Arbeidsliv

Strike to cut output from six fields in the North Sea

Notice given by the Norwegian Organisation of Managers and Executives (Lederne) on extending its offshore walkout will hit production from the Gjøa platform in the North Sea and its Vega satellite.
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Credit: Neptune Energy/Jan Inge Haga
The Gjøa platform, operated by Neptune, is located in the northern North Sea, some 45 kilometres off the west coast of the city of Florø. The field is developed with four subsea templates at a water depth of 360 metres, tied to a semi-submersible production and processing plant.

Kvitebjørn, Gina Krog, Gudrun and Valemon will also be affected.

Lederne broke off mediation efforts on the morning of 30 September, with 43 of its members on Johan Sverdrup consequently downing tools. Production from this North Sea field is continuing as normal for the present.

As early as the afternoon of the same day, the union announced that it would step up strike action from midnight on 4 October by taking out members on the following installations:

  • Gudrun, operated by Equinor, 18 members
  • Gina Krog, operated by Equinor, 18 members
  • Kvitebjørn, operated by Equinor, 18 members
  • Gjøa, operated by Neptune Energy, 72 members.

As things look now, Kvitebjørn and its Valemon satellite, as well as Gudrun and Gina Krog, will have to shut down. All these fields are operated by Equinor.

Neptune’s Gjøa field will have to shut down as a result of the walkout. The same applies to its Vega satellite, which is operated by Wintershall Dea Norge.

These fields collectively produce 330 000 barrels of oil equivalent per day (boed). Total oil and gas output from the Norwegian continental shelf (NCS) is about four million boed. The risk therefore exists that about eight per cent of total petroleum production from the NCS could be lost through extending the strike.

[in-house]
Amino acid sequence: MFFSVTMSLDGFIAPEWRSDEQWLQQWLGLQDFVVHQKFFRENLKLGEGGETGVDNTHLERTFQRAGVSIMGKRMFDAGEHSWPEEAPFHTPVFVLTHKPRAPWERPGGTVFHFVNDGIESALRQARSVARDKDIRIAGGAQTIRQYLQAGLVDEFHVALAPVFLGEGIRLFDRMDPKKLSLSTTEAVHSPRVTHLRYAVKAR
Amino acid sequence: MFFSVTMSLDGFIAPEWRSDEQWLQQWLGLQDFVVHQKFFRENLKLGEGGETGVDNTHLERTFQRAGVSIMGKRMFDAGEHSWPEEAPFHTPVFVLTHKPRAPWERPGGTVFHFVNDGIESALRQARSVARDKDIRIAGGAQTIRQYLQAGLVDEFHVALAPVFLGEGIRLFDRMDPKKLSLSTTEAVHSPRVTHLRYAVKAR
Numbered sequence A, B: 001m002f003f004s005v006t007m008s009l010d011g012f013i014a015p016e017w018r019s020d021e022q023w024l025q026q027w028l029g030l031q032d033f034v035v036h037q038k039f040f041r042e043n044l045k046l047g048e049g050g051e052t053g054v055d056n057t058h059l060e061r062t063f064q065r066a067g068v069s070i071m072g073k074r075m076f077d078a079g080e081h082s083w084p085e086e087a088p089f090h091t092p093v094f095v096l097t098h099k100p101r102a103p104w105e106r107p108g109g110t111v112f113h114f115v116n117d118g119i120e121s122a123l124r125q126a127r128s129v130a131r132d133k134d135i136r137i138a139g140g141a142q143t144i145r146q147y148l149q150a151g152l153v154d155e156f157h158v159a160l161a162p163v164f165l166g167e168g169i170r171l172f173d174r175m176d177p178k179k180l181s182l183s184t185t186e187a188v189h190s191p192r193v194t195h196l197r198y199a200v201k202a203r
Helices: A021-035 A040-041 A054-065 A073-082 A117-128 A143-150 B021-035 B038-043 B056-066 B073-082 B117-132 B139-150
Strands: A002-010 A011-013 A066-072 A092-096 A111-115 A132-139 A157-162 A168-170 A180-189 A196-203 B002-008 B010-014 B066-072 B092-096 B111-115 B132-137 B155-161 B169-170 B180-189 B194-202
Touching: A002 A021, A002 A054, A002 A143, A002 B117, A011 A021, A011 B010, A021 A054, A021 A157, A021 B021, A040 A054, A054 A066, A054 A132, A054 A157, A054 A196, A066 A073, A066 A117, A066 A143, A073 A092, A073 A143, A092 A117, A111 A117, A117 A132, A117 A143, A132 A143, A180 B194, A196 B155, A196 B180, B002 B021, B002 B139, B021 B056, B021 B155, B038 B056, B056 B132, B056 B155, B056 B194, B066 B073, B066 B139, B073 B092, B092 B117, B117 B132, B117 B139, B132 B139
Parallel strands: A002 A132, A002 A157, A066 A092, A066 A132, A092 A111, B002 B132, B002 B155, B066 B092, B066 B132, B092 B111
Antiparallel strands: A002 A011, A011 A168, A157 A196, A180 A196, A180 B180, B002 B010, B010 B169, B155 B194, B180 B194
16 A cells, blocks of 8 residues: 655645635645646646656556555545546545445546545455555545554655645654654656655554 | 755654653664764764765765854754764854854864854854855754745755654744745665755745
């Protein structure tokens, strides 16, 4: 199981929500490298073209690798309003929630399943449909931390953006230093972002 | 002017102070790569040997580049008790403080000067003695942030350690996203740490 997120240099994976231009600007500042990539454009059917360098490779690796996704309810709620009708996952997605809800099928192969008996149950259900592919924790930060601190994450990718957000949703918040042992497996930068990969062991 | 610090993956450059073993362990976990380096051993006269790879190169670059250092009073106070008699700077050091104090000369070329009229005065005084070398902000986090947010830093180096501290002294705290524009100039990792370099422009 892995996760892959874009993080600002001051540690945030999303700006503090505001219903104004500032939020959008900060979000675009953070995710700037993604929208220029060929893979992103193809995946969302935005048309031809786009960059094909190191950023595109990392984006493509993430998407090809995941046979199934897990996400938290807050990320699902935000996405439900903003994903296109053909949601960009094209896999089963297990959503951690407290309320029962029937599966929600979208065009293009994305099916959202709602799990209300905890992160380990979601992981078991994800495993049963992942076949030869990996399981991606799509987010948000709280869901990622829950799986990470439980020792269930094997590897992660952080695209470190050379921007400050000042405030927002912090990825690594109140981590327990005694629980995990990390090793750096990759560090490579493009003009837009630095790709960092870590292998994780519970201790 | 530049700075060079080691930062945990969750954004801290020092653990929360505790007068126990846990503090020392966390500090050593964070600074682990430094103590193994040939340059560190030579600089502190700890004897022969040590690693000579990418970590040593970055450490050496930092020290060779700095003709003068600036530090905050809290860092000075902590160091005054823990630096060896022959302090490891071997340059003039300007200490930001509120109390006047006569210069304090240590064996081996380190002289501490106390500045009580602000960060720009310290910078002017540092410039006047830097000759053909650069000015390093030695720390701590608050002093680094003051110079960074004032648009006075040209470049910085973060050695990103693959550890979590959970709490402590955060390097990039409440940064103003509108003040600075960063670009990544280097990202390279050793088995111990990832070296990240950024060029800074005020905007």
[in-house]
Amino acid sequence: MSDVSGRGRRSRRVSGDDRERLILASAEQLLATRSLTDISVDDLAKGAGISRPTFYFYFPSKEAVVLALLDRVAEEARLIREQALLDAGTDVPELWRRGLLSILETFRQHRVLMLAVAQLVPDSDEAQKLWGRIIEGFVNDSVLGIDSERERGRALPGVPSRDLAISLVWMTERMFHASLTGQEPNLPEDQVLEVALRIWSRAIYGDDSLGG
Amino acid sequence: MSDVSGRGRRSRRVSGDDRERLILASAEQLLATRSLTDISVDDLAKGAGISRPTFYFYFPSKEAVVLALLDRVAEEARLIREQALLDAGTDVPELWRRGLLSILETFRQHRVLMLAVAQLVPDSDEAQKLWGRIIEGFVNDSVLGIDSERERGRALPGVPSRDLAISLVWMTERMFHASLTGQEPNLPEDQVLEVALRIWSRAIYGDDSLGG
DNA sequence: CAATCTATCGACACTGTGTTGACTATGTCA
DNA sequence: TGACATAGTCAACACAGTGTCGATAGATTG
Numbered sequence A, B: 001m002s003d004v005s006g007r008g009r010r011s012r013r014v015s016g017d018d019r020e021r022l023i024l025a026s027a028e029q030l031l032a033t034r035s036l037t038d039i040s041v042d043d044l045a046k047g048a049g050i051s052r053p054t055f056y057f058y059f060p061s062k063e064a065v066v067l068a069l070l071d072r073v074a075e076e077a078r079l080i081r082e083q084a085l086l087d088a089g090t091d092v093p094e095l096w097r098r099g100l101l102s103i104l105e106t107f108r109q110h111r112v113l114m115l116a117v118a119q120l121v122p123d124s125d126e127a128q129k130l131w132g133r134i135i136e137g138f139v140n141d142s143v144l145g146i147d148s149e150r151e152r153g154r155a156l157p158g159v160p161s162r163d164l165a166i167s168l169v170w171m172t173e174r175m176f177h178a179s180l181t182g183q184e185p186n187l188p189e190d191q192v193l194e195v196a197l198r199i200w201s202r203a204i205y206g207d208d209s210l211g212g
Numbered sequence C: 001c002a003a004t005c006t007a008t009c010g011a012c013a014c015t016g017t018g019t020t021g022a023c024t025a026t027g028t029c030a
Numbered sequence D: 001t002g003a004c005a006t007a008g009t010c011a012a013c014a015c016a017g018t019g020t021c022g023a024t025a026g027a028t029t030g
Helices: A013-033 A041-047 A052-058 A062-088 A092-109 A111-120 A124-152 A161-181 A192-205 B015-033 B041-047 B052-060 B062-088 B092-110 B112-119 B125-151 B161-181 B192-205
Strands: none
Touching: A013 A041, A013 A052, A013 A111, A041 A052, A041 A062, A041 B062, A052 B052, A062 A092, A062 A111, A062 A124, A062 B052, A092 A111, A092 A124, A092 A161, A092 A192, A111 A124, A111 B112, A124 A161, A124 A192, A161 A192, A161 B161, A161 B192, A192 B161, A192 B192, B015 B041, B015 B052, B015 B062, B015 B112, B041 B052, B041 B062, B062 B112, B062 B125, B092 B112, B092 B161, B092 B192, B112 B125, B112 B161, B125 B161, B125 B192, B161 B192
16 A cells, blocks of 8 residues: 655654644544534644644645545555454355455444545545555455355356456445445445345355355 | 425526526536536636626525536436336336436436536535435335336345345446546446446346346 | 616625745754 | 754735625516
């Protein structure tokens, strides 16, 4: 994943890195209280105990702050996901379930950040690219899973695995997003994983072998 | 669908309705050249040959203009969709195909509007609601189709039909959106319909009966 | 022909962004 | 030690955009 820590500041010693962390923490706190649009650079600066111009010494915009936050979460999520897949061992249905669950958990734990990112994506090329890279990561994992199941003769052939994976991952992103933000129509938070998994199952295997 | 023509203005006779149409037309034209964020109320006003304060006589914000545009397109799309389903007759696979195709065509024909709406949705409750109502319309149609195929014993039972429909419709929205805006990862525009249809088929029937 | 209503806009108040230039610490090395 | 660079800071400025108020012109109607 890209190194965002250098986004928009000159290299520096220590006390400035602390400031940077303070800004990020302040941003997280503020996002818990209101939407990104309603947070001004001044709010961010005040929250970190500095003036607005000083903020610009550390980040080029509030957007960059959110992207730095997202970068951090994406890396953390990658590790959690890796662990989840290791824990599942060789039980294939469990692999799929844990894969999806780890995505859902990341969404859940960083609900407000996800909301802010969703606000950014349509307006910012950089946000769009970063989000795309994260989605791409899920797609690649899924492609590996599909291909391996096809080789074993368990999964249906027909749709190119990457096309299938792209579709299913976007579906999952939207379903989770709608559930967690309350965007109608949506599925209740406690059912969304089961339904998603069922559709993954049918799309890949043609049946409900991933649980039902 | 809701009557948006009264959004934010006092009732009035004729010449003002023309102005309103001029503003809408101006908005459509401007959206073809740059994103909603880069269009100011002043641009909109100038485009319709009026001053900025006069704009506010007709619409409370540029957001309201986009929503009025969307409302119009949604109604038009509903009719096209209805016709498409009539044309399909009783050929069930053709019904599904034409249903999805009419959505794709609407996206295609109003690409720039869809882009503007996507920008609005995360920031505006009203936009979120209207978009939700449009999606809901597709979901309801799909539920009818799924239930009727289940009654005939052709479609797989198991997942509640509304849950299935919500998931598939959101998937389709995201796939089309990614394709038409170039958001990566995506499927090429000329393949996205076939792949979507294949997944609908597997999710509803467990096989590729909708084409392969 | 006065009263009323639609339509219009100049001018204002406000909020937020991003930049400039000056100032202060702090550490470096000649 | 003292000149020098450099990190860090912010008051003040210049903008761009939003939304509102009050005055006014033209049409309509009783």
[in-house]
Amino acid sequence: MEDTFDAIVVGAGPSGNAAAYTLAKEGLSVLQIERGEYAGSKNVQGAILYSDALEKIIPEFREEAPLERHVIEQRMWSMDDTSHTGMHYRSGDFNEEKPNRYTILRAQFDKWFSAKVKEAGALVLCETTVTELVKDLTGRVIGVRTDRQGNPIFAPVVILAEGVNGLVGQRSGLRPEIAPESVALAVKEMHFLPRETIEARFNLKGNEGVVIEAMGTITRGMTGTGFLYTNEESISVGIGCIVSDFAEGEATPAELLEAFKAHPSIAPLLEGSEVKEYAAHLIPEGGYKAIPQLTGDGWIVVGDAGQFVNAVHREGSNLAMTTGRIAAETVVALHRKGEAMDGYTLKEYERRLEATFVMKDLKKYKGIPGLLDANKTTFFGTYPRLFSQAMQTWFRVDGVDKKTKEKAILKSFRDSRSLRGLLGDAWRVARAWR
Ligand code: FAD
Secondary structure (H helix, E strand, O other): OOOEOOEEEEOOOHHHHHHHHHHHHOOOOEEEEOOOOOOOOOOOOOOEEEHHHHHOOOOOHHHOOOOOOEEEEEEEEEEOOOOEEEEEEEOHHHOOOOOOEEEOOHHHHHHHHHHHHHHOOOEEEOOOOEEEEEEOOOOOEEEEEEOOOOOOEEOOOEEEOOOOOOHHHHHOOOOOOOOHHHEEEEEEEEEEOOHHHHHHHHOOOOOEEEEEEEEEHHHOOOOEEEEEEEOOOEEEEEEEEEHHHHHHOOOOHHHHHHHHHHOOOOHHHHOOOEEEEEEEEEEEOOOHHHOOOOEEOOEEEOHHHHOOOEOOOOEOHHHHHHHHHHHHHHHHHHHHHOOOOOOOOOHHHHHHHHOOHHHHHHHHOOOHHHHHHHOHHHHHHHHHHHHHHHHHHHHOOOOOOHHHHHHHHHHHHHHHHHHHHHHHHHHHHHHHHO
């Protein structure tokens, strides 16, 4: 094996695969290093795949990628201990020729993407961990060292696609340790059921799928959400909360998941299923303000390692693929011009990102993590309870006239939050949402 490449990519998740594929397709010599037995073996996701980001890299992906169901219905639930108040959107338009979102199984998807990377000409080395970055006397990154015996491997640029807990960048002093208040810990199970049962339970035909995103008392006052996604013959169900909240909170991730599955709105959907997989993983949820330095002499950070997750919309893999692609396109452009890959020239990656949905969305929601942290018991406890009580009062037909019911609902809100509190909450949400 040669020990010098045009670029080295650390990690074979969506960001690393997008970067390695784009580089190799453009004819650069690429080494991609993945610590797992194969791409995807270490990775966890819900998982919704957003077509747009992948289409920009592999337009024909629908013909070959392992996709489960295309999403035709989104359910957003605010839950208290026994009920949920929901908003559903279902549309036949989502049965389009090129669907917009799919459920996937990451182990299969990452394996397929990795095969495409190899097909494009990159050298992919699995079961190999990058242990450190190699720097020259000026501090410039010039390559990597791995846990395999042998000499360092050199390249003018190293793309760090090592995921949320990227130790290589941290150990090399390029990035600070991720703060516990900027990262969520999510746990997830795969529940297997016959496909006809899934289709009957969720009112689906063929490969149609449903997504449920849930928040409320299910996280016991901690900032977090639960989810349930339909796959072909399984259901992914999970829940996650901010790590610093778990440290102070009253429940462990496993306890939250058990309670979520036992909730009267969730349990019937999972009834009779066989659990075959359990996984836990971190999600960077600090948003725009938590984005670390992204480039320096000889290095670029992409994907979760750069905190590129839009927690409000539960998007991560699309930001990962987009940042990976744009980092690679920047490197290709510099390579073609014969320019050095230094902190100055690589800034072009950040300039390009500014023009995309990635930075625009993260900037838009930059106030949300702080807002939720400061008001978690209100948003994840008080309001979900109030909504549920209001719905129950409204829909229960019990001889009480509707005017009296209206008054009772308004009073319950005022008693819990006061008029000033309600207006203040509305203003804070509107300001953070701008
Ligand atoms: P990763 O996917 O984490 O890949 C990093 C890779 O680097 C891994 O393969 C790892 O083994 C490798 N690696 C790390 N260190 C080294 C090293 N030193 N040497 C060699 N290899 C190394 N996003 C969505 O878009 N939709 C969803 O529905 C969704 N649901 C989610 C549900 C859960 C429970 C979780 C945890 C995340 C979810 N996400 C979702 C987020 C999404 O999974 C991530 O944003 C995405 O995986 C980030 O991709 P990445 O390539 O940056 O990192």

“We presented a financial offer which was accepted by the Norwegian Union of Industry and Energy Workers (Industry Energy) and the Norwegian Union of Energy Workers (Safe). These represent 85 per cent of the offshore workforce,” says Jan Hodneland, chief negotiator at Norwegian Oil and Gas.

“The smallest union, Lederne, rejected the offer and opted to strike. It has also demanded that the area covered by the collective pay settlement is expanded – which falls outside the scope of the negotiation over the offshore agreements.”

Falling within the framework agreed in the lead sector settlement, the offer from Norwegian Oil and Gas represents a growth in real pay and was made in identical terms to Lederne, Industry Energy and Safe.

Under the settlement, offshore workers are set to receive:

-        an overall pay rise of NOK 4 700

-        an increase of NOK 3.50 per hour in the shift and night-work supplement, to NOK 80 per hour

-        a rise in the conference supplement to NOK 100

-        an increase in the allowance for working on public holidays from NOK 2 025 to NOK 2 060 per day.

 

Further information from

Kolbjørn Andreassen, information manager, Norwegian Oil and Gas, mobile: +47 95 28 28 08

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